Renovated Louis Kahn Building, Opening in December 2006

When the Yale University Art Gallery reopens its Louis Kahn building in December 2006, following an extensive three-year renovation, it will offer visitors a new and dramatically enhanced experience of its collections. Significant new acquisitions—evidence of the vigorous acquisitions program that the Gallery has pursued in recent years—will be on view, along with many of the treasures that have long drawn scholars, students, and the public to the museum. The installation will reflect the Gallery’s focus on teaching and making works of art accessible to Yale students and faculty as well as to teachers in the community.

The Louis Kahn building, the Gallery’s main facility—named after its celebrated architect—originally opened in 1953 and is an internationally recognized landmark of modernist architecture. Over the years, the building’s expansive, open spaces were diminished as it was divided into smaller galleries, classrooms, offices, and study rooms. The renovation, designed by Polshek Partnership Architects, will restore Kahn’s design to its original purity and integrity while introducing up-to-date building systems to ensure the proper display and preservation of the Gallery’s encyclopedic collections.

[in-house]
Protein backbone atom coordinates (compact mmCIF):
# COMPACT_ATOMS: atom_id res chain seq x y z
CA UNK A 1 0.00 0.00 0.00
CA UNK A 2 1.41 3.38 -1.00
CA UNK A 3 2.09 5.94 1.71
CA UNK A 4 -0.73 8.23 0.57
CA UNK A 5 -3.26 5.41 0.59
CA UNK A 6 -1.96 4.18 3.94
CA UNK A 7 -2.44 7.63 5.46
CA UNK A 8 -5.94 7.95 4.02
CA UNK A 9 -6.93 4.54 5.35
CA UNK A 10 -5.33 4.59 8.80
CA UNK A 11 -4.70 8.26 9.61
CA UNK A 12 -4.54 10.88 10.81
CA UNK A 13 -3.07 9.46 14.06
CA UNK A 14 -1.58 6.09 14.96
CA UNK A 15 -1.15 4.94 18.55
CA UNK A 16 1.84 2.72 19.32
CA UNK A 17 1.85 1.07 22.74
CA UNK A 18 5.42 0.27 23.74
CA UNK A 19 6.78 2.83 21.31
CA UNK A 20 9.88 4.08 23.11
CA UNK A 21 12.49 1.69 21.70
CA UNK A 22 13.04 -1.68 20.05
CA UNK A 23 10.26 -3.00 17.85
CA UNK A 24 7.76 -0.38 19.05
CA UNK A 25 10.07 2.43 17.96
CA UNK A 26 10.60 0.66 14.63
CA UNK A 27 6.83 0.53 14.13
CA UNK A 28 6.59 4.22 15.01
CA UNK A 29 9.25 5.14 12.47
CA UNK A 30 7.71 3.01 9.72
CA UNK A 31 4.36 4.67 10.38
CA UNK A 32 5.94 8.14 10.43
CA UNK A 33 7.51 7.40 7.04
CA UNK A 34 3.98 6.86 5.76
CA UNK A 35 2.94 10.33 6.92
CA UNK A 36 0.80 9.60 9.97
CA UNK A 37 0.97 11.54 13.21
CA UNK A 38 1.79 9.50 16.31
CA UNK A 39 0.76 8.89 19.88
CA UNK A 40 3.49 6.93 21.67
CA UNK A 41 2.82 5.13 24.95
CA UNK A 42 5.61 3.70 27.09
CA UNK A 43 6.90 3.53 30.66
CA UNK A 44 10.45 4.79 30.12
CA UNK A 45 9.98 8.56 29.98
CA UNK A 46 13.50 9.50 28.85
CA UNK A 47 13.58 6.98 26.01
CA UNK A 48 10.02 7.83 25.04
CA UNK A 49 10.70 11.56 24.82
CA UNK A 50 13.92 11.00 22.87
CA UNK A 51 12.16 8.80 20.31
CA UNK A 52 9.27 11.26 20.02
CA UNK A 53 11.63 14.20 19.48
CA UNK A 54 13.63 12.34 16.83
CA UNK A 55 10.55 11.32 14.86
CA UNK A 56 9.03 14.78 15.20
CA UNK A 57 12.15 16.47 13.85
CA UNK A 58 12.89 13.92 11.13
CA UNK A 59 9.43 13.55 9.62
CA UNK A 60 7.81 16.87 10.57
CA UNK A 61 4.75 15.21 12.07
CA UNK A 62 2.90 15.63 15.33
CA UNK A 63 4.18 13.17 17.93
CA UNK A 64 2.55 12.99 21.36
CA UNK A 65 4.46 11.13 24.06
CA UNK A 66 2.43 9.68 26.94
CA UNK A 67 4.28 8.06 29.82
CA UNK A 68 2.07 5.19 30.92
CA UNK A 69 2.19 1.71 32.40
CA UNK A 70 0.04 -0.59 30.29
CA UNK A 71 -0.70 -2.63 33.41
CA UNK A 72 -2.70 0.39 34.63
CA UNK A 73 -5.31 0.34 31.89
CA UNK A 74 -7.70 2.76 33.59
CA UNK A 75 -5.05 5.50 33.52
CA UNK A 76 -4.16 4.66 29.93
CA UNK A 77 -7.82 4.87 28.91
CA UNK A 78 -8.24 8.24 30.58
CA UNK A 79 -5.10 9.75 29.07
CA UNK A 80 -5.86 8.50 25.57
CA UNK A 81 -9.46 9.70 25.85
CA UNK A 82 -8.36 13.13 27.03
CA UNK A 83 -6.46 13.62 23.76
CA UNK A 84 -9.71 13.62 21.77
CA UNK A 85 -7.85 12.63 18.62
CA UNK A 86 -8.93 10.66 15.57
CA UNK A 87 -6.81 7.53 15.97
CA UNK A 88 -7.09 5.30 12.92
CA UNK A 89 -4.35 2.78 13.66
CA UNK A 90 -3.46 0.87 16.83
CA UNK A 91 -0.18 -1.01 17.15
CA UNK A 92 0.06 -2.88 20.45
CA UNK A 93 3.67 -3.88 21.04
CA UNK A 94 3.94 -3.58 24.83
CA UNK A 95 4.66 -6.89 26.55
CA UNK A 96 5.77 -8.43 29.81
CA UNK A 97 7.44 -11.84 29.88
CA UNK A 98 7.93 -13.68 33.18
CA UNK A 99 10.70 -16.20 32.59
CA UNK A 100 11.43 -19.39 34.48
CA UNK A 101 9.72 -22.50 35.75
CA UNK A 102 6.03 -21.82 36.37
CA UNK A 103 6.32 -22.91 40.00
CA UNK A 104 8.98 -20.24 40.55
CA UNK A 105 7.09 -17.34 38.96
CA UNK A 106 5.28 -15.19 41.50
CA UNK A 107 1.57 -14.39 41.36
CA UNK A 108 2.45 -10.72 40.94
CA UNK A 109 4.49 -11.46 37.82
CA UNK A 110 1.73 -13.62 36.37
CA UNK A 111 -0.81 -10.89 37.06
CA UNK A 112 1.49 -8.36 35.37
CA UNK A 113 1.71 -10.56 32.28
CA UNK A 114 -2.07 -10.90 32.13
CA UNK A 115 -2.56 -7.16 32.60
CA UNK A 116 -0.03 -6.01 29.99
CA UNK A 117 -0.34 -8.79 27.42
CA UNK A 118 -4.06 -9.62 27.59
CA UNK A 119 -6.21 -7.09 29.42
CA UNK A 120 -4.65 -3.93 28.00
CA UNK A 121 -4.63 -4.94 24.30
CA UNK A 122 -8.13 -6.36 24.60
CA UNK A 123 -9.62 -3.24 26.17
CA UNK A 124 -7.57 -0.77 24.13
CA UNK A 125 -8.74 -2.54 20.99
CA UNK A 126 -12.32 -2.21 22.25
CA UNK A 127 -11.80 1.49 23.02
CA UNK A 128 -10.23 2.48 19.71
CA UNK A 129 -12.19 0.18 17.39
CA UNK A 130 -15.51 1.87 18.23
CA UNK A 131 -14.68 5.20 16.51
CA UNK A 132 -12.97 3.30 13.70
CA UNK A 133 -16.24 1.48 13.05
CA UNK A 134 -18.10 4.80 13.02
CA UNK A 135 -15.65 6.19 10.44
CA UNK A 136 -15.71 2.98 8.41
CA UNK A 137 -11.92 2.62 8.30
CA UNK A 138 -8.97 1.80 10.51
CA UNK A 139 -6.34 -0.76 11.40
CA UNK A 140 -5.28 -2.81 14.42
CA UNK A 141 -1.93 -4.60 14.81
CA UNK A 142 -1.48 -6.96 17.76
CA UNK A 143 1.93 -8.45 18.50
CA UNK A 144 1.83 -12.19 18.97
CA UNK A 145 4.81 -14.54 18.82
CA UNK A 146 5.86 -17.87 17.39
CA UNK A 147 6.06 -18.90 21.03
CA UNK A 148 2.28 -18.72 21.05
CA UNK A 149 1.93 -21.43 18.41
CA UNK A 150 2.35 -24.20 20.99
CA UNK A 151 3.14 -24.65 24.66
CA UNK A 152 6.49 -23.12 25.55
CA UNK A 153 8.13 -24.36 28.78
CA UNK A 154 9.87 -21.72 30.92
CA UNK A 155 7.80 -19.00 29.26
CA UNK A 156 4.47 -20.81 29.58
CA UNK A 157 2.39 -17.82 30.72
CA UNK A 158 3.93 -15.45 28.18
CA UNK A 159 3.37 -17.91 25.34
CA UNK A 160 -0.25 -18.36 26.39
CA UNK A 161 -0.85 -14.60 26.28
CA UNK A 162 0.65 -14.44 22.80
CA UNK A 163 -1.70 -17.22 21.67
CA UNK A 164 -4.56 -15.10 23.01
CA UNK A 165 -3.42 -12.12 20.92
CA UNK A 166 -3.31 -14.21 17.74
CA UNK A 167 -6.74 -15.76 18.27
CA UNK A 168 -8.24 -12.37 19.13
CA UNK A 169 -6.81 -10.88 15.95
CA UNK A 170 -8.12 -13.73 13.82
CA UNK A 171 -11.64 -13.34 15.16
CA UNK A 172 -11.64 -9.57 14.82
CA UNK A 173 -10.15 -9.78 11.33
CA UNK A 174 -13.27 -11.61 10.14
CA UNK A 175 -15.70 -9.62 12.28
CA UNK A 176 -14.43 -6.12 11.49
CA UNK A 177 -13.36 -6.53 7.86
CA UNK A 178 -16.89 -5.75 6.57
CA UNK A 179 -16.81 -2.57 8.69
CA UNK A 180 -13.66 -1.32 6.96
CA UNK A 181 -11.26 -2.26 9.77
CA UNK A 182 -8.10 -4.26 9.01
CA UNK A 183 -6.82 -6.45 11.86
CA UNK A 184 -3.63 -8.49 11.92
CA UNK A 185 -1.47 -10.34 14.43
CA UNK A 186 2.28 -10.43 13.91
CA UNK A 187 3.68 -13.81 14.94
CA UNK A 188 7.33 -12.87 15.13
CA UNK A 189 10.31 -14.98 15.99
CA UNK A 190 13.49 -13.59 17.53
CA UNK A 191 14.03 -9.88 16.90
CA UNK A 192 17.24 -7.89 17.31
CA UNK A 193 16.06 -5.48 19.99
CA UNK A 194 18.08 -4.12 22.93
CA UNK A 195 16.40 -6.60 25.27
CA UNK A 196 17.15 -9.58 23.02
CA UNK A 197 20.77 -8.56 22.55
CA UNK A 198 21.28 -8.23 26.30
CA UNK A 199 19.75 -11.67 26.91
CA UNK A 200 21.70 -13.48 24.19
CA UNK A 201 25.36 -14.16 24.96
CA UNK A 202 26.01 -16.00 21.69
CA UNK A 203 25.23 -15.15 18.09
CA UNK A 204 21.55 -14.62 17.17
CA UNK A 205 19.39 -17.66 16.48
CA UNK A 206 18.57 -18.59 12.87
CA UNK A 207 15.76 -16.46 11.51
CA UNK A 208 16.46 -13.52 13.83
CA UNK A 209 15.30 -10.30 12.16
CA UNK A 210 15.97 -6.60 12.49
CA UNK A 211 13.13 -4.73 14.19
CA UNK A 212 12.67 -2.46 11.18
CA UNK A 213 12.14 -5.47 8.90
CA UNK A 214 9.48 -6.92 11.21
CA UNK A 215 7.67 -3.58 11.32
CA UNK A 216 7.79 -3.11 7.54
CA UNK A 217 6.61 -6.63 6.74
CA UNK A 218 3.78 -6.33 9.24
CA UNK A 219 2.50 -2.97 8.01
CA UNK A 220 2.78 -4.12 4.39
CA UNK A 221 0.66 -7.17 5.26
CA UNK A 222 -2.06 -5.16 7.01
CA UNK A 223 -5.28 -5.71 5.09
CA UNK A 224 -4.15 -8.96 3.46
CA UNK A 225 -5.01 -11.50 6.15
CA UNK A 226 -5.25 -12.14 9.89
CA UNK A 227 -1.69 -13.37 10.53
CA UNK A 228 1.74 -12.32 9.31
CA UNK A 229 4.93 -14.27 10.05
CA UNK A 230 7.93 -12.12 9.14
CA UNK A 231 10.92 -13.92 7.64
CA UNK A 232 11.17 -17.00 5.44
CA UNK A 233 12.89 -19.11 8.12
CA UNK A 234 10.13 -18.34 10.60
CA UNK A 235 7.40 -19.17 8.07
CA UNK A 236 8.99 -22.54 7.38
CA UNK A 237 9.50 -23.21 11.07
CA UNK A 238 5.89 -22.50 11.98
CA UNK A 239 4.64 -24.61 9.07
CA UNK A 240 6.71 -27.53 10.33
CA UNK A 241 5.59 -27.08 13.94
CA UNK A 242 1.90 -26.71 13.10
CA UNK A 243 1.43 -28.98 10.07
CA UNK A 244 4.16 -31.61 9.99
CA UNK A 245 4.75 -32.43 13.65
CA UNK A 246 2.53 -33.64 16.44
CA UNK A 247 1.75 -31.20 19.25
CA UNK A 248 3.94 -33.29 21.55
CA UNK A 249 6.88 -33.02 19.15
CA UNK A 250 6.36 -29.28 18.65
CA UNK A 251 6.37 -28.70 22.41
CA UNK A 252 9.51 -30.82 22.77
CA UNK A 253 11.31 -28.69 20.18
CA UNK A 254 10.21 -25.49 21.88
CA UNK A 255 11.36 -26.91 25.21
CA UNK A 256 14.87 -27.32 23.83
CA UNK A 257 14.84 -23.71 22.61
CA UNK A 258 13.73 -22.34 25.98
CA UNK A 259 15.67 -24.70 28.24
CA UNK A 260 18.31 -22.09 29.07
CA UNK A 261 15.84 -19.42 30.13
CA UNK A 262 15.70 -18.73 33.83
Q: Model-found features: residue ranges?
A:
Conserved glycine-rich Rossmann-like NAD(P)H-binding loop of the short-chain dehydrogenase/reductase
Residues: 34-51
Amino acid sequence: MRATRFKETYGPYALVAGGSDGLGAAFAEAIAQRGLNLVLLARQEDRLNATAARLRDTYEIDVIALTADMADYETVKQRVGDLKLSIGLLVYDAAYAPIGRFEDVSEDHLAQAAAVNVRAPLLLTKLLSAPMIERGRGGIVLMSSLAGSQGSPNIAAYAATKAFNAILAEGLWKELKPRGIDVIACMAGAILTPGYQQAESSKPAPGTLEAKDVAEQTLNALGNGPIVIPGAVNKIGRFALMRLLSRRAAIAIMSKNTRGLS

The first floor of the renovated Gallery will feature 3,500 square feet of space designated for temporary exhibitions, as well as a welcoming lobby area where visitors can learn about the Gallery’s resources, browse through publications, or meet with friends and colleagues. The lobby will also feature a Media Lounge, where video and new-media screenings and programming will take place. The upper floors will be devoted primarily to the display of objects from the permanent collections. Additionally, a study and research center for works on paper will enhance the Gallery’s role as an integral part of the academic life of the Yale community.

The numerous new acquisitions that will be on view throughout the Gallery include selections from one of the largest and most significant single gifts of art in the Gallery’s history—the exceptional Charles B. Benenson collection of African art. This gift, totaling 586 objects, has transformed what was once a modest teaching installation into one of the nation’s major repositories of African art, nearly tripling the Gallery’s holdings in this area.

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